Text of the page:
10. I have just found your site on the Internet as I was looking up about smallpox after watching a television program today set in that time. I was reminded about it, so I was looking at what year it was, because I can remember being a little girl at primary school when I had the vaccination. What I can personally remember is my mother talking about an outbreak and everybody being worried. We lived in an Essex village called Tollesbury that was very small and very rural. I had the vaccine and I wasn’t very well. I remember being at school afterwards – how long I can’t remember – but my arm hurt. I remember having a horrible big scab round about the size of a ten pence coin – it wasn’t very nice. I remember being unwell, feeling what I would now describe as flu symptoms and I had a bad headache. I felt quite ill – I can’t remember how long I was unwell. I was ten years old at the time and I have a nasty scar on my left arm that is still visible. If I catch the sun it is more prominent. I remember well that when the vaccine was administered it was not an injection as such – it seemed like lots of needles and I felt like I was being scratched. That is all I can remember.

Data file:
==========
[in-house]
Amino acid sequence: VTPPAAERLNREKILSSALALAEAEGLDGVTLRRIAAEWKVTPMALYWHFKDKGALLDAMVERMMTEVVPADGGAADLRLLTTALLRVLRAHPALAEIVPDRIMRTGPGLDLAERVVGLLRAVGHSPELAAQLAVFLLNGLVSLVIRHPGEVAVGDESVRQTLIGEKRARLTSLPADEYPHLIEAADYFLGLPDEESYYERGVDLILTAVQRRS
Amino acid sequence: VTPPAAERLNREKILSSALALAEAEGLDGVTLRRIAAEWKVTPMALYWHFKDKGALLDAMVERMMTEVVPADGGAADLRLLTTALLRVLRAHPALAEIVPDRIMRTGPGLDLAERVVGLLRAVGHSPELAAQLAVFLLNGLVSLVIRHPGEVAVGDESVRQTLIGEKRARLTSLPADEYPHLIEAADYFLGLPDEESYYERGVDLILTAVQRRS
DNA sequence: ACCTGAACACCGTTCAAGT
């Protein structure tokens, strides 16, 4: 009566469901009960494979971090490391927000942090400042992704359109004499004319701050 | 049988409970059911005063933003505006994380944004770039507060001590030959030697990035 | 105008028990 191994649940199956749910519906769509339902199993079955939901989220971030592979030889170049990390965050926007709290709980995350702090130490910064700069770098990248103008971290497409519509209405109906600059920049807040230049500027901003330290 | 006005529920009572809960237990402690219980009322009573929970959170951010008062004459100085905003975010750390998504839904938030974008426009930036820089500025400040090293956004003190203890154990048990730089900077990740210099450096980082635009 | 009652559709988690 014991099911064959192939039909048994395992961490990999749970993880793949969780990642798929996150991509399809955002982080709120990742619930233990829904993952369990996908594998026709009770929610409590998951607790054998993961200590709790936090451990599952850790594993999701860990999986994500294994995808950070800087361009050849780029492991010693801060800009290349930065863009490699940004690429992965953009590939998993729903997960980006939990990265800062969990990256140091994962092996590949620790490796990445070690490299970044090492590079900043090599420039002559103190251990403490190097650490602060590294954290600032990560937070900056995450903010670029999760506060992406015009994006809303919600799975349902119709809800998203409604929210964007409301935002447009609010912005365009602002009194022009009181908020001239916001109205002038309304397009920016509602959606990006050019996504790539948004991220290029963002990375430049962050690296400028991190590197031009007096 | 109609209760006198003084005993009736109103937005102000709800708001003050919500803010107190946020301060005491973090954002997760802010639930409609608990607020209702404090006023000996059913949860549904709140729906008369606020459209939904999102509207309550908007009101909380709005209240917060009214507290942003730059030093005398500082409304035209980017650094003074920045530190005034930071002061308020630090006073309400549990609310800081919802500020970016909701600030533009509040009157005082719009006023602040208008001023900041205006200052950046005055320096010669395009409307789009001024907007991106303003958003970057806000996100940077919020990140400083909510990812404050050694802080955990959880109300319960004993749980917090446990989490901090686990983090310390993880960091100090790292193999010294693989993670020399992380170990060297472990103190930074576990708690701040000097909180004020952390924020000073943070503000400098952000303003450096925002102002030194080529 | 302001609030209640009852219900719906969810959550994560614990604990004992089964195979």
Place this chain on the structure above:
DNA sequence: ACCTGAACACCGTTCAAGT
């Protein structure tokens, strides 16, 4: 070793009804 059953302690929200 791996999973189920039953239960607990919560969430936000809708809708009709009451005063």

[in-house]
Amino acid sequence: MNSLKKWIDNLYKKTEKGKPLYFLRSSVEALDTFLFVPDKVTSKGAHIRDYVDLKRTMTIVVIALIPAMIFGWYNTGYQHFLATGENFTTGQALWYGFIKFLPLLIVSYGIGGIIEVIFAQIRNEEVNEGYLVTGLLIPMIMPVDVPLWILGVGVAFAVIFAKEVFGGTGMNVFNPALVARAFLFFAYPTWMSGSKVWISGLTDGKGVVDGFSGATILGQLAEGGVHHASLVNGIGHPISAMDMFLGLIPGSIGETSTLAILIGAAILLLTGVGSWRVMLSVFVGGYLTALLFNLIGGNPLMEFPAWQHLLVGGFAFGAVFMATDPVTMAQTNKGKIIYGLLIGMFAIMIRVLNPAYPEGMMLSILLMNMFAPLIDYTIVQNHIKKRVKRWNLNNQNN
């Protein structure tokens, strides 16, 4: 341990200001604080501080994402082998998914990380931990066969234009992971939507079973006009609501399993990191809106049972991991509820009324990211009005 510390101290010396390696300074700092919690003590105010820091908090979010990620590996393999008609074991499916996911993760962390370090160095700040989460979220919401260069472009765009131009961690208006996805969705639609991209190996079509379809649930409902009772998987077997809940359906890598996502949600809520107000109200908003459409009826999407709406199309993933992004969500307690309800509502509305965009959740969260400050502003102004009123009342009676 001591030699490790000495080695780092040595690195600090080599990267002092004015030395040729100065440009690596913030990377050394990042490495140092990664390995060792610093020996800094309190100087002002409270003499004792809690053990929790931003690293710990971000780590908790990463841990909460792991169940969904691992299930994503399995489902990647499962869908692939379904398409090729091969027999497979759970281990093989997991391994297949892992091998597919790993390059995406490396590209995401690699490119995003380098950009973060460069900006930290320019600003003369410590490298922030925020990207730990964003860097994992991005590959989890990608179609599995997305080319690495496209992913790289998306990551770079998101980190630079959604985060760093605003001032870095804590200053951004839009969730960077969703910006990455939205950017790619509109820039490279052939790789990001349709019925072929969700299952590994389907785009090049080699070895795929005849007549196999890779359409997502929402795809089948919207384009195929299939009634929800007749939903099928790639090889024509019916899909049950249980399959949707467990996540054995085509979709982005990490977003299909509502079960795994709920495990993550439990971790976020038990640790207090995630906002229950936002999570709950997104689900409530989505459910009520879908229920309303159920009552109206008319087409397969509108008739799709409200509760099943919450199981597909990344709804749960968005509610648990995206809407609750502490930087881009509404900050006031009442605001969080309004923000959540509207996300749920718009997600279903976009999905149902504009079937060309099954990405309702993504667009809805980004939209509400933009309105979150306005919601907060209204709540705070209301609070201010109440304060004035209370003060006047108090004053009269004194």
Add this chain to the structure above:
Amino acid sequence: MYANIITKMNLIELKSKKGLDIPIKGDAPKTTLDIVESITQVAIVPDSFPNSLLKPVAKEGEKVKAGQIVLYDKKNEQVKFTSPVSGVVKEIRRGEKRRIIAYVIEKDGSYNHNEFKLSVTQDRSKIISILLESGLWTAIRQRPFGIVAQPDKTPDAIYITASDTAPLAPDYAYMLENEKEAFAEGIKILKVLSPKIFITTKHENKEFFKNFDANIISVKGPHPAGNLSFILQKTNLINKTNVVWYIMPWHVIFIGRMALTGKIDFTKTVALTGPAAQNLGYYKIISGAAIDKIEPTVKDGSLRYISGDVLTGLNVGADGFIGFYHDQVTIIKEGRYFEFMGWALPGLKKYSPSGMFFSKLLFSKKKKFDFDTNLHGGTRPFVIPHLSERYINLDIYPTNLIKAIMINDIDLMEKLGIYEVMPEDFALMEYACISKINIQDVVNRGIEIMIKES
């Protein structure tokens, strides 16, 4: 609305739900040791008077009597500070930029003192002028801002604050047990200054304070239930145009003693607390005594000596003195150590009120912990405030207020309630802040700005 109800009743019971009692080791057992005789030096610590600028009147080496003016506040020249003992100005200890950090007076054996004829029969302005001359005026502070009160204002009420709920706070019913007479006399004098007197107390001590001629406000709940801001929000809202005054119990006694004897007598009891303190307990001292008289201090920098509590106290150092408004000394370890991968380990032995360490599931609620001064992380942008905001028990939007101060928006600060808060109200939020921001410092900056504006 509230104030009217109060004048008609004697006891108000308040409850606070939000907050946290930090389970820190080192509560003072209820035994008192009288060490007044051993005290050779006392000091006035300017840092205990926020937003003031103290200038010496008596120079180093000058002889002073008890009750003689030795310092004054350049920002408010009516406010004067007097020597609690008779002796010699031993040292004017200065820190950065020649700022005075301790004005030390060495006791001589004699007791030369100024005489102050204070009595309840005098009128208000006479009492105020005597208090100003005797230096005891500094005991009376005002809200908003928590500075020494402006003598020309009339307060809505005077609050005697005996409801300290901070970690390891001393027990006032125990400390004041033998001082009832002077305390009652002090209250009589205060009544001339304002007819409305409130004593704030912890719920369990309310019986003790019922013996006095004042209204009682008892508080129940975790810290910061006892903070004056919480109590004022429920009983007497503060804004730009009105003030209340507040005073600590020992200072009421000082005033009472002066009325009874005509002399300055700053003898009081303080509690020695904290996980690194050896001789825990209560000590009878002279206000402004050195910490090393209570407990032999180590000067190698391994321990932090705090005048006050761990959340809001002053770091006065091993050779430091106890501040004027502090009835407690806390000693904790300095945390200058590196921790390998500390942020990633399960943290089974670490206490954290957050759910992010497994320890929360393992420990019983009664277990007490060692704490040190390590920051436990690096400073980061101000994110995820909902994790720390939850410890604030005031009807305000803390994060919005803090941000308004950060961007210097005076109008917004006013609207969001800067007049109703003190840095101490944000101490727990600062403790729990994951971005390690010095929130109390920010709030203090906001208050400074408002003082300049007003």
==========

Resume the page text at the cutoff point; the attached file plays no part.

11. I vaguely remember having the Smallpox vaccination but I haven’t got any marking on my skin to indicate that I was vaccinated. There was a long line of us at our Doctor’s surgery, all our neighbours went together. Is it likely that my memory is playing tricks on me or did I actually have it and it didn’t leave any scarring? It was in the day’s where medical records were not diligently completed like they are today.